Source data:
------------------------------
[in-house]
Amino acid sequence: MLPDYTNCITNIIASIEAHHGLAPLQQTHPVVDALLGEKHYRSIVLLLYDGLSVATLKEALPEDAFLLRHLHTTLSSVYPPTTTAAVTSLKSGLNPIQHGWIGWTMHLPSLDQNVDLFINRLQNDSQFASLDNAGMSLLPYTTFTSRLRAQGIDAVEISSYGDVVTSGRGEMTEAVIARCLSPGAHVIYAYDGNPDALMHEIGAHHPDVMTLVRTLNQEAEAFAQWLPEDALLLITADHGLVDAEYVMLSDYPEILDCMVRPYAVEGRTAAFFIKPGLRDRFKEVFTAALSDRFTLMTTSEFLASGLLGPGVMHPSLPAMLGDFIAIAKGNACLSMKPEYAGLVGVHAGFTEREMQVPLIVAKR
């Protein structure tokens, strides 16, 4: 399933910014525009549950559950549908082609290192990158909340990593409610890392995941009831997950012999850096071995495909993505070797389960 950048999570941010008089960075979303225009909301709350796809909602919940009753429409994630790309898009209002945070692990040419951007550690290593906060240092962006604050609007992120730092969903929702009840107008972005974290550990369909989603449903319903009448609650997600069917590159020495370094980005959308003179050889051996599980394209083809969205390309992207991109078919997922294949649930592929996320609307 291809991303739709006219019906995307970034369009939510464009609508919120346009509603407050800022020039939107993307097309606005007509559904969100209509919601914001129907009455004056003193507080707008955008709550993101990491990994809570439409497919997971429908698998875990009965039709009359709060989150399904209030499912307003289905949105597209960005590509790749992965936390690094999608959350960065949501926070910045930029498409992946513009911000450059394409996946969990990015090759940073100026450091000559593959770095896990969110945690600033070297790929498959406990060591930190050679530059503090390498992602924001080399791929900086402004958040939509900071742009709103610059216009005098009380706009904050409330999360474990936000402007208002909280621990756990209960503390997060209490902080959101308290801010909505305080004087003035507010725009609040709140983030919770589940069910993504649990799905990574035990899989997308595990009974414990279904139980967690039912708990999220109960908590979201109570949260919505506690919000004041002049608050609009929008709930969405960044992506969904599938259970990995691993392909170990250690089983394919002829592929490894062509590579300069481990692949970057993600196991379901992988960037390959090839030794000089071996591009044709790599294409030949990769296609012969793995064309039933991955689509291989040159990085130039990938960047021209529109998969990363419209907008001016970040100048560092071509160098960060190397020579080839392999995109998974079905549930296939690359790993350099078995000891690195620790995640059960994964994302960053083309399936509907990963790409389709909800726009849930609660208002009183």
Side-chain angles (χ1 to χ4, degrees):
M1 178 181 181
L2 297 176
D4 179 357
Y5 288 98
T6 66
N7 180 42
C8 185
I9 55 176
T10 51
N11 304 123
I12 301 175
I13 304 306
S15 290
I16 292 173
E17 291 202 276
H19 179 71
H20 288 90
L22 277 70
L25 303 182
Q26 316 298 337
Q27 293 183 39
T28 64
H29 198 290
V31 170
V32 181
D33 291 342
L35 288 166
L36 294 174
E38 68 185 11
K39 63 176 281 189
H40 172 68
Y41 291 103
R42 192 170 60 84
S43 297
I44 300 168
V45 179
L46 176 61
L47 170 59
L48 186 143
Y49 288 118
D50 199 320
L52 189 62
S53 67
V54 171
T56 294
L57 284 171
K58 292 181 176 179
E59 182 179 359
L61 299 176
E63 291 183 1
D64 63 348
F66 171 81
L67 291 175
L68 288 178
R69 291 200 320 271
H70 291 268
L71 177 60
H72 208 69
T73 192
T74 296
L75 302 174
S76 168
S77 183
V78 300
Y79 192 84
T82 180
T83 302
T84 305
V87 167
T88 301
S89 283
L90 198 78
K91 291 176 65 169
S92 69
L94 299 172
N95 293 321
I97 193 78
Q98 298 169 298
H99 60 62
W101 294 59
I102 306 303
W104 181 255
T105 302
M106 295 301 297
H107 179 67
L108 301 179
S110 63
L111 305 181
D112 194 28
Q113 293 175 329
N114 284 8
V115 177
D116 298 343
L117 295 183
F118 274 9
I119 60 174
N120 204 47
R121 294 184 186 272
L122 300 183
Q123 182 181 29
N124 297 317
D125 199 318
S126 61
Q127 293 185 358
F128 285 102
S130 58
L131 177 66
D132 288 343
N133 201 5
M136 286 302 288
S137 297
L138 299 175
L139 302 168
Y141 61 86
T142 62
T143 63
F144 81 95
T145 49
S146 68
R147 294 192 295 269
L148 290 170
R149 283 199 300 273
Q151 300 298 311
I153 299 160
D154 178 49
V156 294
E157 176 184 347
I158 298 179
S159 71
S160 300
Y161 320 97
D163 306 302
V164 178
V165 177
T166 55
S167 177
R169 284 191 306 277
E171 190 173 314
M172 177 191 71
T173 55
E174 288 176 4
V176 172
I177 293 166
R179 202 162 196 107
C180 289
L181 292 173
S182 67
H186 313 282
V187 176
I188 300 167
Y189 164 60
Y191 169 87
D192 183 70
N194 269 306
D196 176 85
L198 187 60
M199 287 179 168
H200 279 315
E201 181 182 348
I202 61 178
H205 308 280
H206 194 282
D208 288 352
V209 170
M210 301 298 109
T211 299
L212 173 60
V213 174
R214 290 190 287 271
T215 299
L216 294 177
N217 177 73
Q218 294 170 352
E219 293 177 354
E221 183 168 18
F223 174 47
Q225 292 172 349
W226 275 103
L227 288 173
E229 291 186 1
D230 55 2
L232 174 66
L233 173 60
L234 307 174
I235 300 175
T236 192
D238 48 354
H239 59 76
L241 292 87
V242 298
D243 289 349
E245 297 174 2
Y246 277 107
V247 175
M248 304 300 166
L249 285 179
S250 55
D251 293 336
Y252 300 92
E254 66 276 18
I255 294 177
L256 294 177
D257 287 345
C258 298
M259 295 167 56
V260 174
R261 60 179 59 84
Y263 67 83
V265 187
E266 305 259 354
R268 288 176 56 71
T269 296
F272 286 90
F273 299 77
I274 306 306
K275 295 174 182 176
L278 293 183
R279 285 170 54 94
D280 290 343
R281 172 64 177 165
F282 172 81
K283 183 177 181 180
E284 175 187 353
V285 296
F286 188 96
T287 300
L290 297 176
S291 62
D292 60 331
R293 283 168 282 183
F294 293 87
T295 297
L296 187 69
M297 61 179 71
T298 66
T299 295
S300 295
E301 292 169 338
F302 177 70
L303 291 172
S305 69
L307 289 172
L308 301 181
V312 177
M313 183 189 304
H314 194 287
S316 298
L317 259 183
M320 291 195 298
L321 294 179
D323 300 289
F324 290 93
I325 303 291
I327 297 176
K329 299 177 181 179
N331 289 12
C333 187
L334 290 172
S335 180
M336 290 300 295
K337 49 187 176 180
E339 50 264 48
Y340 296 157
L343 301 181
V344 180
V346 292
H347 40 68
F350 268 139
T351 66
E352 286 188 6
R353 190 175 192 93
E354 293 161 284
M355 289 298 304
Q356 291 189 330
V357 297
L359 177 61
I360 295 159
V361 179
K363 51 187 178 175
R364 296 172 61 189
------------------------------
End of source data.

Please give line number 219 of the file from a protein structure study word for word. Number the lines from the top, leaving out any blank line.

I274 306 306